Is your shop 5S?Follow this Japanese organizational method to keep your workspace organized, clean, and conducive to creativity.
Many of us seem to work in a state of chaos in our shops. Stuff is piled here and there, and then you have to move said piles to access a tool or work surface. We spend a lot of time searching for tools and then finding them dull or in poor repair. If this sounds familiar to you, perhaps it’s time to 5S your workshop.
What is 5S?
The five S’s originated as five Japanese words: seiri, seiton, seisō, seiketsu, and shitsuke. Translated to English, that’s sort, set in order, shine, standardize, and sustain. Essentially, this is an exercise in getting your workspace organized and streamlined to work efficiently. I feel this is a critical exercise for all woodworkers, whether professional or hobbyist. For professionals, time is money. For hobbyists, time can be a very precious thing. Either way, spending less time finding and maintaining what you need and more time woodworking is always a good thing. So how do we do it?
Take the time to organize things like screws, hardware, etc. Perhaps set up a series of bins that are labeled to make it easy to find the ones you are looking for. This also can apply to things like drill bits or the dreaded pile of hex keys that we all have. At the same time, get rid of things you don’t need in your space. This can be a tough one for woodworkers because we don’t seem to enjoy parting ways with anything woodworking related.
2. Set in Order
This is one of the steps that I always harp on with new students. Essentially, organize the shop so that the workflow is as smooth as possible. Arrange your tools so that you aren’t traversing the shop to go from one step to another. Have work stations set up so that everything you need is there. At my drill press for example, all the bits and cutters that I use with it are stored in the cabinet below. I also have a pencil and awl nearby, and anything else I use at the drill press, including an engineer’s square, a small set of clamps, stop blocks, and a drill-press vise. Having all of these tools living at the drill-press station means that I don’t have to go looking for them while working there.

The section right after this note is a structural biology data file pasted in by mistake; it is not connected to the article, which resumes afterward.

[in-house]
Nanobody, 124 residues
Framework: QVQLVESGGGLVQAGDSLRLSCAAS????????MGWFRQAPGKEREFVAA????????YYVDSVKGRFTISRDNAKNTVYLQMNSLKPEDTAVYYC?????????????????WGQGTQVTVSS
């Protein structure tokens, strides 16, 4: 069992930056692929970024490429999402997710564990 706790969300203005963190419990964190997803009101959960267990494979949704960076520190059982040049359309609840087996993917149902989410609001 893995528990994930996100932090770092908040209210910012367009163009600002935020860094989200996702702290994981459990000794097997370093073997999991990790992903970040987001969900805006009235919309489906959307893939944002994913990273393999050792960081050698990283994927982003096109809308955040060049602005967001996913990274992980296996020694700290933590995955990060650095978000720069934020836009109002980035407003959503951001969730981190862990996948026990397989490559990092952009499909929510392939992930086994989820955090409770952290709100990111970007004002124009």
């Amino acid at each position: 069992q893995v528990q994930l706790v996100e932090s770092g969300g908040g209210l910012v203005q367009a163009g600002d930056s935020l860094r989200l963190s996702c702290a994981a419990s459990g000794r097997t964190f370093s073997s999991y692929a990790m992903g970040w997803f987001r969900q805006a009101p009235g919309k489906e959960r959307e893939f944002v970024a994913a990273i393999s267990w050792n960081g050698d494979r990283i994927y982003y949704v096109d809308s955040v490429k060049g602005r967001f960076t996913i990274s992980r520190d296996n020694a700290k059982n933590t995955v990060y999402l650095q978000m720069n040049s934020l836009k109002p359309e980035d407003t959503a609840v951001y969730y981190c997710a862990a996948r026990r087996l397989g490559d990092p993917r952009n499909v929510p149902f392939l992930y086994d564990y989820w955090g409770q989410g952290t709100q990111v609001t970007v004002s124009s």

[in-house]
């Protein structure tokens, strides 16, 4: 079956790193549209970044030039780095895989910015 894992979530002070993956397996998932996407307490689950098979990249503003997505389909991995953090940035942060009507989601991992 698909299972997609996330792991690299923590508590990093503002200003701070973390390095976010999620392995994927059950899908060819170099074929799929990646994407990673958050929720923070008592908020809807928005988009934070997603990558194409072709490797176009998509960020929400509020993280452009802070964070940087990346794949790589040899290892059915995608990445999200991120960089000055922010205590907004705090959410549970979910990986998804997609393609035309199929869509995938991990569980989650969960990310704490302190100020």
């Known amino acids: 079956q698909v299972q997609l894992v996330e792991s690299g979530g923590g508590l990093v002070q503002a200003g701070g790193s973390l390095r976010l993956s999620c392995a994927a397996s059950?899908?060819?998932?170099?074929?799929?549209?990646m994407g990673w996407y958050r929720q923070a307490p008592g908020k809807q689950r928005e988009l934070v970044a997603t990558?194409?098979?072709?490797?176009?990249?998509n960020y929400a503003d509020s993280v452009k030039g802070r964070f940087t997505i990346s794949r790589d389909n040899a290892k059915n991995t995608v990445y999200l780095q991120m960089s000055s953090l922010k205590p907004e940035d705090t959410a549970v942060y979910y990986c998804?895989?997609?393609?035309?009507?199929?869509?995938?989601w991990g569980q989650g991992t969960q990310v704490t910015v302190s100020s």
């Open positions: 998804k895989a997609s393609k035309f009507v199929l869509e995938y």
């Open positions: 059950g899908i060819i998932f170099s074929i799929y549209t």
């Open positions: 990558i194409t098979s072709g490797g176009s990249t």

This step has to do with the cleanliness of the space and the maintenance of the tools in that space. Start with the basics of routinely vacuuming up sawdust on tools and the floor. Empty garbage cans and the dust collector regularly and pick up offcuts that have collected on work surfaces. When your workspace is tidy, it’s safer and more conducive to work.
This is about establishing a standard schedule for the first three steps. Make time to keep things organized, cleaned, and maintained so that your tools are always ready to go. I like to return tools to their storage area sharp and free of sawdust. Every time I sharpen a plane, I take that opportunity to check it for any rust or damage and lubricate the adjusters. This means that I never have to guess if a particular tool is ready to go. I can just get to work and not have to do maintenance.
This is probably the toughest of the five. Staying diligent with this is the hard part for most people, but once you get into it and see its benefits, you’ll wonder how you weren’t doing it from the get-go.
Whether you are a pro or a hobbyist, time in the shop is precious. Taking time to keep things in good order means more time doing what we all love best … woodworking.